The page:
This morning, new President Barack Obama called for a suspension of trials at Gitmo.
To be honest, I was a Michigan voter, I didn't get the chance to vote for Obama in the primaries. My vote went to Dodd. I worked for a labor union that endorsed Senator Clinton during the primaries, and, as part of my professional obligations, I worked in Indiana on her campaign. This is a wholly separate story, but rural Indiana was going for Hillary anyway.
But then I saw the Yes We Can video for the first time, and I understood the movement of the Obama Nation. I did not work on his campaign, except for occassionally helping my office put together a few yard signs, and post a few blogs and articles. I did not stomp for him, and I did not put my whole life aside for his campaign. I could have done more, and many have and will continue to argue that I should have.
My response has and will continue to be that I am a young, white liberal. I came to DC as an idealist. This was never my campaign. I cannot and will not claim it as my own. There are millions of people who worked harder, risked more and struggled longer than I can even know, who deserved to be out there at the inaugural speech, and at the inaugural balls. I was in DC, and I watched it on the Internet, drank a bottle of wine and jumped up with joy when he mentioned "non-believers" in his speech. And I was optimistic, too.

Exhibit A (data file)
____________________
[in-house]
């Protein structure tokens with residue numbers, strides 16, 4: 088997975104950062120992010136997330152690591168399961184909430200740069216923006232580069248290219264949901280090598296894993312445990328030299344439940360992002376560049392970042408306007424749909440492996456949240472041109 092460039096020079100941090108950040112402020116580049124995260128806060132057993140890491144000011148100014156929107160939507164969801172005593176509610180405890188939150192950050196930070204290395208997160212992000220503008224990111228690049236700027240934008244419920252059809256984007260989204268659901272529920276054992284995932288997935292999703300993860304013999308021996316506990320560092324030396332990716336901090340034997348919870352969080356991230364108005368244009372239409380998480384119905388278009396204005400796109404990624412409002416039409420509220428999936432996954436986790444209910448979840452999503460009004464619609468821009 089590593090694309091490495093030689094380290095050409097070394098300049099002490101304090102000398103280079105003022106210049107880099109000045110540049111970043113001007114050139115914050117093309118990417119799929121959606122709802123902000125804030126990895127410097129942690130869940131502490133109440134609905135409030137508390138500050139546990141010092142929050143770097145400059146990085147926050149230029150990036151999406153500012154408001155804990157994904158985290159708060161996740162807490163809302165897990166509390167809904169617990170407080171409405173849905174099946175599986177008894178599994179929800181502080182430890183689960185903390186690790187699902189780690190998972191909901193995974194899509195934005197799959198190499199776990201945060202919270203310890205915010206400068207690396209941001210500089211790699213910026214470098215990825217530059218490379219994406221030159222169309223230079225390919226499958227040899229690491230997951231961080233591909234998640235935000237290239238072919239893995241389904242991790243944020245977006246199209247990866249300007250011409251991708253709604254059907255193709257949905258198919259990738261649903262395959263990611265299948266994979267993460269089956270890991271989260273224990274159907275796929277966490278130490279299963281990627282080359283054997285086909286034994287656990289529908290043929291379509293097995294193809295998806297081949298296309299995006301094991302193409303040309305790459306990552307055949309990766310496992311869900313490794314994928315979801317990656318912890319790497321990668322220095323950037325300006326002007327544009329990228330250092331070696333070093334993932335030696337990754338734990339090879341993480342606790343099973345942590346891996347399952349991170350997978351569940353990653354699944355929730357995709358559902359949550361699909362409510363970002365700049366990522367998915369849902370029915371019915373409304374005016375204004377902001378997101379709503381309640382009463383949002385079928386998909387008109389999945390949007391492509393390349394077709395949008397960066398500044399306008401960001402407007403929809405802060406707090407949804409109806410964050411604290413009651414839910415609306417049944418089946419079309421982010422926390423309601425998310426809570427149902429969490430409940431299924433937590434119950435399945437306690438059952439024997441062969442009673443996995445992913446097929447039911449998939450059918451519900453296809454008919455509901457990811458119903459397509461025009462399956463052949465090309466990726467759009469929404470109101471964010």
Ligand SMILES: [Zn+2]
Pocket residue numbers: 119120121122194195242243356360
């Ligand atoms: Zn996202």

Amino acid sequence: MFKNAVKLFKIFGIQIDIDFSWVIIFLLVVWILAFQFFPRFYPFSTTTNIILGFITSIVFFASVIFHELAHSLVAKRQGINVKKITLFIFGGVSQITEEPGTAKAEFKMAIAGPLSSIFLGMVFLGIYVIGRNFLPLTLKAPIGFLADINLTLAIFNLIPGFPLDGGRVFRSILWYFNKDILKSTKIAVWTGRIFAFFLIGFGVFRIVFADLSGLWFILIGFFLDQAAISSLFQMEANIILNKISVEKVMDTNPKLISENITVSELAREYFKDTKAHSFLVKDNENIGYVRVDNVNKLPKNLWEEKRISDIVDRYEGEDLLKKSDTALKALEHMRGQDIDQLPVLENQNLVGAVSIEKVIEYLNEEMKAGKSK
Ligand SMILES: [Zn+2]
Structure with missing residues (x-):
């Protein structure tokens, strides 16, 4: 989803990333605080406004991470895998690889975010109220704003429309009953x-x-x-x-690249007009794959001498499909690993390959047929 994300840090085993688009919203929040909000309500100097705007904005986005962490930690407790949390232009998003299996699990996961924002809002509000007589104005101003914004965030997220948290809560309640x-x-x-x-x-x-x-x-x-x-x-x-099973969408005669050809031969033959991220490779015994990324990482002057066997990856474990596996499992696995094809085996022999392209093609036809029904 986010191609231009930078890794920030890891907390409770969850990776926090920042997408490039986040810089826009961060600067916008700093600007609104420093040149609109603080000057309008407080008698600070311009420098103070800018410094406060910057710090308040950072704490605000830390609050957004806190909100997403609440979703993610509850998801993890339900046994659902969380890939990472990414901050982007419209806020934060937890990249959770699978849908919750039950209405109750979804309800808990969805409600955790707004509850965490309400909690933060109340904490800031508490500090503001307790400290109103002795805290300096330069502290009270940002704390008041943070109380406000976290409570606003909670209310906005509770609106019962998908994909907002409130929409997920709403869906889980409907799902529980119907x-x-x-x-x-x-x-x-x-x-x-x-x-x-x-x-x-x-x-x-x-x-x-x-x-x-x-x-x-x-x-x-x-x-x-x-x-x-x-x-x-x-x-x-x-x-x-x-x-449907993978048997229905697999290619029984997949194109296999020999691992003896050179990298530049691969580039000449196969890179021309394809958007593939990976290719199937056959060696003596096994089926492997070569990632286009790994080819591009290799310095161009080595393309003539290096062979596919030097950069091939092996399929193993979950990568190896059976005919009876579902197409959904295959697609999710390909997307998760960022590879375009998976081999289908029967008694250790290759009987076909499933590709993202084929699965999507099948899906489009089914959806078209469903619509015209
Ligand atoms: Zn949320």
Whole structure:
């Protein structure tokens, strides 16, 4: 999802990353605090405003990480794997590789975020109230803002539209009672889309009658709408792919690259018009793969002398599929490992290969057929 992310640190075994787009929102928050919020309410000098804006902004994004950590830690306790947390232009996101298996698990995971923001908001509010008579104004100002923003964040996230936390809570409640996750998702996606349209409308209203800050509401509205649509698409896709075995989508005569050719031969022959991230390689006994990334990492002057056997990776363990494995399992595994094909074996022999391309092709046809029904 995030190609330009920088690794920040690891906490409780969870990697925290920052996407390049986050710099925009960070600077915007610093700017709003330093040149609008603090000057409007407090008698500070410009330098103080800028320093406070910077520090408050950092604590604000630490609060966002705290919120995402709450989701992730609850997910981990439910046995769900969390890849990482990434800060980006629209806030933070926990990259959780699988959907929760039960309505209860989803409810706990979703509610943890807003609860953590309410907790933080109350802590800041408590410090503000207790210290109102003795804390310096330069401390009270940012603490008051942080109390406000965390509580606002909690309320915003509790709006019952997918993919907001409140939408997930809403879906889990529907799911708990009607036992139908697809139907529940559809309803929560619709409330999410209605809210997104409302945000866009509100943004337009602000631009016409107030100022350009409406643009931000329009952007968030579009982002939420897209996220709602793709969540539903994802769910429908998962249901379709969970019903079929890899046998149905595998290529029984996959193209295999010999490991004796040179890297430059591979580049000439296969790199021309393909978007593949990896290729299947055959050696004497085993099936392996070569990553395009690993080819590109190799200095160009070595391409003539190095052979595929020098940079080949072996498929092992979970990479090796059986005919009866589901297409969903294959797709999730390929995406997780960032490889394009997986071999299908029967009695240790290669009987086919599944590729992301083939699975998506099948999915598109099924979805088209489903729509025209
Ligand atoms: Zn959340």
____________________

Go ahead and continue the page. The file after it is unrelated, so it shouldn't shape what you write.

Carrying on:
Cautiously optimistic, like so many have described themselves. Then, this morning, as I drank my coffee and checked my news alerts, I remembered Obama's pledge to close Gitmo. Here, now, a politician keeping his word. In an era of Blagojevich, Cheney, Rumsfield and our beloved finally ex-president George W. Bush, how refreshing to have someone keep a promise.
Congratulations to the Obama campaigners, stompers and movers, and congratulations to the new Obama administration. With so much work ahead, this is an encouraging first step.